If you’ve recently been arrested for a first-time DUI offense in Pennsylvania, you may be feeling scared, confused, and unsure about the future. While penalties for a first-time offense are not as significant as those for subsequent offenses, they could still significantly affect your life.
A Pennsylvania DUI defense attorney can create a defense strategy to achieve the best possible case result on your behalf.
Under Pennsylvania law, an individual cannot “drive, operate, or be in actual physical control” of a vehicle after consuming alcohol or controlled substances that render a person incapable of driving or operating a vehicle safely.
When a driver is under the influence of alcohol or drugs, they can be charged with a DUI, or “driving under the influence.” A first-offense DUI refers to a person’s first DUI within the last 10 years in Pennsylvania or any other state.
Once a person’s blood alcohol concentration (BAC) is at least .08%, this is considered impairment. BAC can be measured in several ways, including the use of a breathalyzer or blood samples.
Pennsylvania is an implied consent state. This means that by operating a vehicle within the state, you have given implied consent to have your breath or blood tested for alcohol or drugs. Unfortunately, this also means that refusing to test can result in additional penalties.
Many DUI charges are misdemeanors — less serious offenses. However, certain details could bring about a felony DUI charge. For example, if the offender caused an accident that resulted in serious bodily harm or death, the charge could be a felony.
Penalties for a first-offense DUI in Pennsylvania are usually not as severe, but it depends on the situation.
Consequences for a first-offense DUI are based on the circumstances. Factors to consider include a person’s BAC and age, among others. Penalties for first-offense DUI could include jail time, fines, probation, and license suspension.
For general impairment, meaning a driver’s BAC was between .08% and .099%, the penalties include:
For high rate DUI, meaning the driver’s BAC was at least .10% but less than .16%, the penalties are increased. They include:
The penalties for high rate DUI also automatically apply to individuals who are under the legal drinking age of 21, are operating a commercial vehicle, or caused an accident resulting in property damage or injury.
The penalties for the highest rate of DUI — a BAC above .16% — are the most severe. Penalties for a first offense include:
Offenders could also face these penalties if they refuse breathalyzer testing or have controlled substances in their system.
If an offender is convicted, before sentencing they’ll need to complete an alcohol and drug evaluation. Then, the offender will likely need to abide by the evaluator’s recommendations. Offenders convicted of a first or second offense are usually required to complete an alcohol highway safety class as well.
Community service is up to the judge. Judges can order up to 150 hours of community service, depending on the situation.
When an offender’s license is suspended after a DUI conviction, they must have an ignition interlock device (IID) installed in their vehicle. The device is usually required for at least one year. However, first-time offenders may apply for an ignition interlock limited license (IILL) during the suspension period.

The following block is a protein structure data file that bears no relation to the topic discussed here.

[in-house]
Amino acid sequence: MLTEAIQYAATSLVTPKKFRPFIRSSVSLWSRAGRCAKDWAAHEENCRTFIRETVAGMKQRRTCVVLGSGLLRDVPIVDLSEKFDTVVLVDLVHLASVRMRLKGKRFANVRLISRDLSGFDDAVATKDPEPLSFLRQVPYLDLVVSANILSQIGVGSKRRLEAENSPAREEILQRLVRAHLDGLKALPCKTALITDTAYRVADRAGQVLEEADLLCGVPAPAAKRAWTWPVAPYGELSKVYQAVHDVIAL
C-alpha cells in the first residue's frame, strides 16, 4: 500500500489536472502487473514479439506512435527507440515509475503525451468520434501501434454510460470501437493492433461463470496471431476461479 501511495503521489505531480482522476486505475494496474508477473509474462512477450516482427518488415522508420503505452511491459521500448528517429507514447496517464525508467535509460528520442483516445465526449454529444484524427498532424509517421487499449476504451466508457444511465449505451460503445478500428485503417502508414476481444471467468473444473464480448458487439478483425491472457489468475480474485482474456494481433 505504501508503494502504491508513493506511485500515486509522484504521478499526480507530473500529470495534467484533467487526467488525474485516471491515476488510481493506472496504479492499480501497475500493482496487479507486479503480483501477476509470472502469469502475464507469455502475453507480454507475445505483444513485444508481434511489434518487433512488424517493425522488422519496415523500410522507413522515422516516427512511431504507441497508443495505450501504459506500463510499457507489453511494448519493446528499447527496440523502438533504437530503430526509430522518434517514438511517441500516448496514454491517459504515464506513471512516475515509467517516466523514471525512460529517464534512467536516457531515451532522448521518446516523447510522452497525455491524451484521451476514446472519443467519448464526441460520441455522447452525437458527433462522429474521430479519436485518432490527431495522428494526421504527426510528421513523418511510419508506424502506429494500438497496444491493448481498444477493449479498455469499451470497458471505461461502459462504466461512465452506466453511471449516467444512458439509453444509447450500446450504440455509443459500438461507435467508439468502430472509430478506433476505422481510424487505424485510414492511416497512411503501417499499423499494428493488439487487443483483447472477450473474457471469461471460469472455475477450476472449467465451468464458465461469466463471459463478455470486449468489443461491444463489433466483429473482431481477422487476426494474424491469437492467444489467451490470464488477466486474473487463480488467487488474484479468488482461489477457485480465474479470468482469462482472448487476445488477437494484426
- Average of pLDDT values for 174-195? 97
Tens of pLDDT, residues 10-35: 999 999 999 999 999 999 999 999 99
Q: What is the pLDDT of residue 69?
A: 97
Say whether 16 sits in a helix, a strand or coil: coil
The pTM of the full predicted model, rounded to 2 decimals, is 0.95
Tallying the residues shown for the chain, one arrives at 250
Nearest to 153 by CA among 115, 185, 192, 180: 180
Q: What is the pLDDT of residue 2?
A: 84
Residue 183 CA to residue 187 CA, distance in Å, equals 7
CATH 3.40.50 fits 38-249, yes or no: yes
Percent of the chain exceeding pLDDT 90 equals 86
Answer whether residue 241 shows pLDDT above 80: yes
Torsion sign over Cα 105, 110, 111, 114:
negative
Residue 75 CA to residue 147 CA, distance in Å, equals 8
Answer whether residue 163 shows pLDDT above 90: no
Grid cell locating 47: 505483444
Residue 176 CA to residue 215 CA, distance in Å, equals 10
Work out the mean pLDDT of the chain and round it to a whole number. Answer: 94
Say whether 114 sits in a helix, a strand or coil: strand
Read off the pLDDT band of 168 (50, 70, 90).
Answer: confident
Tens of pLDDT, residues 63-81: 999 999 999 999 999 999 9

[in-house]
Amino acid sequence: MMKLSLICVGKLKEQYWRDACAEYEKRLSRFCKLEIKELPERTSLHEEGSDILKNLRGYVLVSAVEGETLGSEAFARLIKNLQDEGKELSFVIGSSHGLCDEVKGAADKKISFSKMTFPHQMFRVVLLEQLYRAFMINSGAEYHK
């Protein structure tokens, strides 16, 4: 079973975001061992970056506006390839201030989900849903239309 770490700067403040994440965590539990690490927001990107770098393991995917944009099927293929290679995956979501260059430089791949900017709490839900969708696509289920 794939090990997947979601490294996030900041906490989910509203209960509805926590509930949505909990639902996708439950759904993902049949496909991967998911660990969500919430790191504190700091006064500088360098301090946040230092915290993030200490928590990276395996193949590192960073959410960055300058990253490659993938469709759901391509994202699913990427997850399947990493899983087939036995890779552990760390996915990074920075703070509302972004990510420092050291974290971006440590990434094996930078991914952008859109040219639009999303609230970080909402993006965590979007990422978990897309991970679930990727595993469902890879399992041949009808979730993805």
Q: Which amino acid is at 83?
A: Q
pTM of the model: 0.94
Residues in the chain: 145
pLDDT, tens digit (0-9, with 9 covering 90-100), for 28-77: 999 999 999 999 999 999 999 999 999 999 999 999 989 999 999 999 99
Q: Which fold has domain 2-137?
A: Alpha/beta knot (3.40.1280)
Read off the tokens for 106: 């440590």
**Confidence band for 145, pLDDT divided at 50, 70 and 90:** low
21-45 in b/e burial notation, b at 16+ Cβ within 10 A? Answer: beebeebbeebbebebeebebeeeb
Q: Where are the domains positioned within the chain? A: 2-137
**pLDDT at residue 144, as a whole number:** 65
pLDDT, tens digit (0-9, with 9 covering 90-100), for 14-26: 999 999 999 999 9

Along with the legal penalties a first-time DUI offender faces, there are other types of consequences for an individual convicted of a DUI.
It’s important to understand that a DUI conviction almost always stays on your criminal record for life. The only way around this is to expunge it, meaning it is erased from your record, or to seal your record, so it remains on your record but it is confidential and inaccessible to most everyone.
Because your DUI conviction remains on your record, this could affect your life in several ways.
First, a DUI conviction could impact employment. Many employers run background checks on potential employees, revealing plenty of information. Unfortunately, many employers try to avoid hiring individuals with DUI convictions, especially if the job entails operating a vehicle.
After a DUI conviction, auto insurance rates can increase considerably. On average, a DUI conviction could increase insurance in Pennsylvania by 74%, depending on the severity of the charges and the insurance company. After a DUI, insurance companies view a driver as more of a risk, so they increase rates to compensate or drop their coverage altogether.
When a person causes an accident due to impairment, they may also face civil liability. Causing injury or death to a person could lead to a lawsuit, which could result in serious financial repercussions.
Finally, a DUI conviction could have an impact on personal relationships. Family and friends can view a person differently after a DUI. Also, when an offender isn’t allowed to drive because of a suspended license, it can be challenging to make plans and go places.
Whether it’s a first-time offense or a subsequent offense, a DUI conviction can have a substantial effect on a person’s life.
If you’re facing charges for a first time DUI, do not wait to consult with an experienced DUI defense attorney in Pennsylvania. A lawyer can have a significant positive impact on your case and help you achieve the best possible outcome.
A skilled DUI defense attorney has the knowledge and resources necessary to craft a viable defense on your behalf and fight diligently for a favorable case result. Defense lawyers are passionate about helping clients with their legal troubles, and they’ll stop at nothing to protect your rights.
The legal team at McCormick & Vilushis LLC has years of experience representing DUI clients. We’re ready to assist you and fight for your future.
Contact our firm today to schedule your consultation.
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